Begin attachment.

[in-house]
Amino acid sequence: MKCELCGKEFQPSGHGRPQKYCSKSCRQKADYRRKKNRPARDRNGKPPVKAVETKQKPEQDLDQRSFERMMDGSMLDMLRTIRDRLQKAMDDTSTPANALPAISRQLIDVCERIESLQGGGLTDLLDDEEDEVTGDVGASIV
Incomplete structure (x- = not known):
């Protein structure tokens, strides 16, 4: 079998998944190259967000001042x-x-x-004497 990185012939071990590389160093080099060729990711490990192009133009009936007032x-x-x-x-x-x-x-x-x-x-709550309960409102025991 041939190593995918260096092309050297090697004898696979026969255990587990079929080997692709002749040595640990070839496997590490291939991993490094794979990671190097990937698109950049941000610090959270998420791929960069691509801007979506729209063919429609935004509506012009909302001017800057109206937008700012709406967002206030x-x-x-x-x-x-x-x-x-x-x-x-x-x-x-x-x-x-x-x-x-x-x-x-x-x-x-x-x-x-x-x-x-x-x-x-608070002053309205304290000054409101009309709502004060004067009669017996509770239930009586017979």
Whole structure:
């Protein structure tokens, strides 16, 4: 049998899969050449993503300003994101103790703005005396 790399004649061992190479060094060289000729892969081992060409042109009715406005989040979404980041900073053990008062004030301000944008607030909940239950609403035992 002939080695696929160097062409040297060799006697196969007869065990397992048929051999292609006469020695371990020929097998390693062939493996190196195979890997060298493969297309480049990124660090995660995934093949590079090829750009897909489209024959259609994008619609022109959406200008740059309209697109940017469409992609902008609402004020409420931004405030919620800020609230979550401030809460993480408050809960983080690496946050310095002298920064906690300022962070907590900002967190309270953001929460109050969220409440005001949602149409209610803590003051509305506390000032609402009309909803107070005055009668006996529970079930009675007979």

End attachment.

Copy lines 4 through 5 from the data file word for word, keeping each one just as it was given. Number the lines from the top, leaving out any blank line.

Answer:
């Protein structure tokens, strides 16, 4: 079998998944190259967000001042x-x-x-004497 990185012939071990590389160093080099060729990711490990192009133009009936007032x-x-x-x-x-x-x-x-x-x-709550309960409102025991 041939190593995918260096092309050297090697004898696979026969255990587990079929080997692709002749040595640990070839496997590490291939991993490094794979990671190097990937698109950049941000610090959270998420791929960069691509801007979506729209063919429609935004509506012009909302001017800057109206937008700012709406967002206030x-x-x-x-x-x-x-x-x-x-x-x-x-x-x-x-x-x-x-x-x-x-x-x-x-x-x-x-x-x-x-x-x-x-x-x-608070002053309205304290000054409101009309709502004060004067009669017996509770239930009586017979």
Whole structure: